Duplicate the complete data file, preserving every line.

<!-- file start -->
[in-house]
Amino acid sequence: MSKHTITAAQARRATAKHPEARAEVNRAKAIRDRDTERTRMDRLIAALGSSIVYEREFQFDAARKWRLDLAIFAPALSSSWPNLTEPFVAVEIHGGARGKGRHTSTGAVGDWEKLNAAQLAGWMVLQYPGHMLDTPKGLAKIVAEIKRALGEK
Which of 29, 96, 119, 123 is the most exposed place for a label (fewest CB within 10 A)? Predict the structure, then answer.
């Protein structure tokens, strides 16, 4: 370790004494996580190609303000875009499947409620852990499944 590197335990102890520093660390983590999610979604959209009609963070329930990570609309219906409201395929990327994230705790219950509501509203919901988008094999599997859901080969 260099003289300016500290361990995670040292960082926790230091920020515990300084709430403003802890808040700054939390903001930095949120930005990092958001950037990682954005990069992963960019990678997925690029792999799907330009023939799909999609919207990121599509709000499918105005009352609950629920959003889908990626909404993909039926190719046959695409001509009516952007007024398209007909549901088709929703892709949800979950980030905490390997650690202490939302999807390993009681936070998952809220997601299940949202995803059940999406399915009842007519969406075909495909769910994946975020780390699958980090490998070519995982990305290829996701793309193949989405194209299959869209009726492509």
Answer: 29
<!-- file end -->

[in-house]
Amino acid sequence: MSKHTITAAQARRATAKHPEARAEVNRAKAIRDRDTERTRMDRLIAALGSSIVYEREFQFDAARKWRLDLAIFAPALSSSWPNLTEPFVAVEIHGGARGKGRHTSTGAVGDWEKLNAAQLAGWMVLQYPGHMLDTPKGLAKIVAEIKRALGEK
Which of 29, 96, 119, 123 is the most exposed place for a label (fewest CB within 10 A)? Predict the structure, then answer.
């Protein structure tokens, strides 16, 4: 370790004494996580190609303000875009499947409620852990499944 590197335990102890520093660390983590999610979604959209009609963070329930990570609309219906409201395929990327994230705790219950509501509203919901988008094999599997859901080969 260099003289300016500290361990995670040292960082926790230091920020515990300084709430403003802890808040700054939390903001930095949120930005990092958001950037990682954005990069992963960019990678997925690029792999799907330009023939799909999609919207990121599509709000499918105005009352609950629920959003889908990626909404993909039926190719046959695409001509009516952007007024398209007909549901088709929703892709949800979950980030905490390997650690202490939302999807390993009681936070998952809220997601299940949202995803059940999406399915009842007519969406075909495909769910994946975020780390699958980090490998070519995982990305290829996701793309193949989405194209299959869209009726492509």
Answer: 29